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After watching his father
create beautiful furniture
Tom Skeehan was inspired
to take his own career in a
"It's just something that
I feel quite familiar with, by
studying design that's my first application, you
know, is through furniture," he said.
"It's just beautiful to have the ability to
actually create a fully finished product."
Realising there was a niche in the market for
small and tall café stools; the young product and
furniture designer has gone about filling this gap
in commercial environments across the capital.
His stools grace the spaces at La De Da
bar in Belconnen and Two Before Ten café in
Canberra City among others, with a new project
alongside Lonsdale Street Roasters in Braddon
also in full swing.
Skeehan says his designs are all about
having interactive qualities -- both physically
"The stools at the moment have
interchangeable legs, [I can] quite easily change
the colours and the aesthetics and the material
and I've been trying to keep a minimal form,"
Heavily influenced by Japanese designs --
particularly how material is selected, crafted
and the way in which its purity is preserved--
Skeehan's work at La De Da and Two Before Ten
is reflective of these concepts.
The process involved a great deal of
collaboration with the clients to create a product
that reflected each environment.
Skeehan credits his time spent in Japan --
both for work and pleasure -- as influencing his
design concepts and ideas.
"What I take out of it and what sticks is their
selection of materials and the consideration of
materials and that lifecycle process of where
and what you use and what you're intending it
for," he said.
"[It's] their values in the sense of [the]
importance they put on an object."
Skeehan believes this is inherent in their
culture and stems from the home.
"Their home is almost like a product, you
understand the circulation of that space, how
important it is and how the person interacts
with it," he said.
"How a person experiences your products
discovering subtle details ... [it's] really
being honest with materials using the purity
of material and for to develop a stronger
Crafted from plywood, the piku stool at Two
Before Ten gains its name from a hole in the
seat, which is positioned above another hole in
the bracket at the bottom.
The open structured legs are positioned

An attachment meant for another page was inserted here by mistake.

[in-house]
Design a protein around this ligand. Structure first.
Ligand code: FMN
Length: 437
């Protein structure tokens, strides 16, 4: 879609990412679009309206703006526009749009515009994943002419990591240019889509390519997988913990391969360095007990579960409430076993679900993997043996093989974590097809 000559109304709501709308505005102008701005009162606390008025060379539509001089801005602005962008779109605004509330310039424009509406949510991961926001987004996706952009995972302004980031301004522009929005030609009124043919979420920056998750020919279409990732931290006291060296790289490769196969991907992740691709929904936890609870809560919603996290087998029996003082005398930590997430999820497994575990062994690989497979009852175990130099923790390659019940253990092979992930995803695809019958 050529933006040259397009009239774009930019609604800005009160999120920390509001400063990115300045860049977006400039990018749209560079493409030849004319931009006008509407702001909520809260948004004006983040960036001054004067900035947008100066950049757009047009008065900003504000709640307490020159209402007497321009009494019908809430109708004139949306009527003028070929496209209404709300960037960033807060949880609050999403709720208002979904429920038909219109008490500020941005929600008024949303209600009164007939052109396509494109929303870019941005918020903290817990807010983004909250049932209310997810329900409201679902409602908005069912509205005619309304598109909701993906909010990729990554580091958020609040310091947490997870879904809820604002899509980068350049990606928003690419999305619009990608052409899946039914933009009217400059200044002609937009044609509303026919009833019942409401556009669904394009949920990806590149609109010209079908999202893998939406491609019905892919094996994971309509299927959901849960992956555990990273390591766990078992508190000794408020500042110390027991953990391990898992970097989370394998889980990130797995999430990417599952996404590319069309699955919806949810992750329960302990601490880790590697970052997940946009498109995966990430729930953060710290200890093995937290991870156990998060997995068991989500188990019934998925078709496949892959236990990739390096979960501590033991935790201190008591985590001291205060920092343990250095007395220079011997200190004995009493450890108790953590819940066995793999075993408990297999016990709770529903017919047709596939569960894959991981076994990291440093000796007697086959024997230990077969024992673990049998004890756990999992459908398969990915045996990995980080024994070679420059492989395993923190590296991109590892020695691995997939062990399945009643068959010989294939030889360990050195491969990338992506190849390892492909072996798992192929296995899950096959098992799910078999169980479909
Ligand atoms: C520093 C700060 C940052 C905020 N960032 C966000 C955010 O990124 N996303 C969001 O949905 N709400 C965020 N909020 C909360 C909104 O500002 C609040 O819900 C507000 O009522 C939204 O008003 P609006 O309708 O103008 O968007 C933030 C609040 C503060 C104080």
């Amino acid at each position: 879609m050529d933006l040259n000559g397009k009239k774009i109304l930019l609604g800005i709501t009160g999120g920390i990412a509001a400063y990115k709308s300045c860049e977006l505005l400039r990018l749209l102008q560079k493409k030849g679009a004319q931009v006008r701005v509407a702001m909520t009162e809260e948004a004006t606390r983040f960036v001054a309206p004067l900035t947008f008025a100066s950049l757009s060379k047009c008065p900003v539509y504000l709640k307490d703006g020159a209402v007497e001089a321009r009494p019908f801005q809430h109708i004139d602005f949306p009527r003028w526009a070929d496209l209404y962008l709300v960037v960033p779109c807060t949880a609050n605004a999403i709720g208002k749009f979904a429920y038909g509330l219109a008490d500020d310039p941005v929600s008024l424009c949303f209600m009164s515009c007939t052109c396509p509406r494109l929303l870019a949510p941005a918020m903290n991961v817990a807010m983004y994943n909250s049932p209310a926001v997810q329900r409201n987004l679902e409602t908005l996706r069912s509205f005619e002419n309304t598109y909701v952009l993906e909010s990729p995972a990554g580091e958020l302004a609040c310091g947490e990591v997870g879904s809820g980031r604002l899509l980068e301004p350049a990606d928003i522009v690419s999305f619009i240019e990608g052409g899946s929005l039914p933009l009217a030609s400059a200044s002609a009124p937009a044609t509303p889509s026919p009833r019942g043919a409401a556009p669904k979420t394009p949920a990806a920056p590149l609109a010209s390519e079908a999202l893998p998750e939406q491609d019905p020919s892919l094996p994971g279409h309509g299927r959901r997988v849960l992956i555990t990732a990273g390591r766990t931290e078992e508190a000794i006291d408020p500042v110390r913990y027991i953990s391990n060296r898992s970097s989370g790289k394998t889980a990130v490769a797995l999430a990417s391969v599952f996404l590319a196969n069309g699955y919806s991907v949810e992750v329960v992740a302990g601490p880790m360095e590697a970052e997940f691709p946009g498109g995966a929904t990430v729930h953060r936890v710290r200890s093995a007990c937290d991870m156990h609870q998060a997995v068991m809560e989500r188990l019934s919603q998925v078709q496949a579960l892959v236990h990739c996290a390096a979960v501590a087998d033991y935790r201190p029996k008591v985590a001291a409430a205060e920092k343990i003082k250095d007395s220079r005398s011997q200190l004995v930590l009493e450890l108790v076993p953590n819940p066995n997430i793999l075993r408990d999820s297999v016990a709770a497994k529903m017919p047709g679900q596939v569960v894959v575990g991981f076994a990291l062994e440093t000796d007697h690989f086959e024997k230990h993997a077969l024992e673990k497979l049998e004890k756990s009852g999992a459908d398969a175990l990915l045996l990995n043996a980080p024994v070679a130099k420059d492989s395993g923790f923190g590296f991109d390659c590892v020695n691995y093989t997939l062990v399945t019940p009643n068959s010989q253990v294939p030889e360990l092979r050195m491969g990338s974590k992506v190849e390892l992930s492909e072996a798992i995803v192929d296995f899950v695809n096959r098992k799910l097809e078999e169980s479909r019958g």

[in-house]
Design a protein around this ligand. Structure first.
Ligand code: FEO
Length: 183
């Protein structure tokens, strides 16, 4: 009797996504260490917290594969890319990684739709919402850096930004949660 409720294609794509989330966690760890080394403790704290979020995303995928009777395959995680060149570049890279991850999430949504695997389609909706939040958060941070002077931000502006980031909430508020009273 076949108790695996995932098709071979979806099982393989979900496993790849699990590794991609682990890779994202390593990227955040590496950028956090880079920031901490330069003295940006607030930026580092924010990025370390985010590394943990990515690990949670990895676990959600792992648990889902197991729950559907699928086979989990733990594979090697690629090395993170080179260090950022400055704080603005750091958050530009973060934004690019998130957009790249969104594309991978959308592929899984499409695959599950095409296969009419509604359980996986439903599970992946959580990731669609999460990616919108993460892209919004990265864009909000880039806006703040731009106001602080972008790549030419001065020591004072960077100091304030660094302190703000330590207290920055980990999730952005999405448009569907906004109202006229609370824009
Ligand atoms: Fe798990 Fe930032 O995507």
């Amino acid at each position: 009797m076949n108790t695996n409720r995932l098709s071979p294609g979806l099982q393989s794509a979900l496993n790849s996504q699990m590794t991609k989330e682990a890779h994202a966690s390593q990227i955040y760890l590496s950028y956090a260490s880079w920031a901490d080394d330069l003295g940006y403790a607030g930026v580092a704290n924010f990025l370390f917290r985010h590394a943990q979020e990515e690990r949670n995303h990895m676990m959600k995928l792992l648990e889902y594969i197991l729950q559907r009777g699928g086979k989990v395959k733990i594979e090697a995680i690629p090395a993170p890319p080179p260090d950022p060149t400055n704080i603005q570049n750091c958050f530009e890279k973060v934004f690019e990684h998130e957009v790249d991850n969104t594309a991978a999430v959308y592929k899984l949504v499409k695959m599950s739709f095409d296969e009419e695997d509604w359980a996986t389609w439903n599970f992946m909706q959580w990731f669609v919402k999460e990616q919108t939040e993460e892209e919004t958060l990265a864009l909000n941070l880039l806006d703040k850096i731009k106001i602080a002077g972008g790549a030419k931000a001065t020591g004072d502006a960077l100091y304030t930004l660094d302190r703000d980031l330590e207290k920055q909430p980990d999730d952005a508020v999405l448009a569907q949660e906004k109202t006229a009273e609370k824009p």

off centre, with the axis highlighted through
corresponding holes in the top surface and
"Down one side of the leg, there's this
artwork that was developed by the owners and
that artwork kind of leads into the underside of
the stool," Skeehan said.
"People see this pattern, and then they
can pick it up and they see it develops on the
underside, it's a bit of a surprise. [The owners]
wanted something that was quite organic and
tied in with that handcrafted [feel], that's why
we went with timber and we only produced 16
of them, tall and very small."
In contrast at La De Da, the feeling was high
end cocktail so the stools had to reflect this.
Crafting a Niche
Canberra's emerging bar and coffee scene owes a lot to
designer Tom Skeehan. BY HANNAH JONKERS
"We wanted something quite bright and kind
of playful. We had a colour pallet, from graffiti
artists and murals that were going in at the time,
so I sort of used that as my inspiration for the
colours and form," he said.
"Because of how durable it had to be in a
bar environment ... the legs were made from
aluminum, and then we went with a plywood,
wooden top just to sort of soften it a little bit."
Skeehan says the feedback from his clients
has been positive and he's continued to have
ongoing work as a result.
"They're at a high level of business where
they're quite proud of what they're doing ... part
of their marketing strategy is involving Canberra
and by engaging other artists and designers,
bartenders or baristas or whatever, they're
considering the whole process," he said.
"It is great that local companies are
collaborating with local artists and designers,
these businesses really understand the
importance of an inclusively design space and
SKEEHAN P: 0411 094 355 W: skeehan.com.au
Two Before Ten
Lonsdale Street Roasters
ARUKU STOOL BY TOM SKEEHAN
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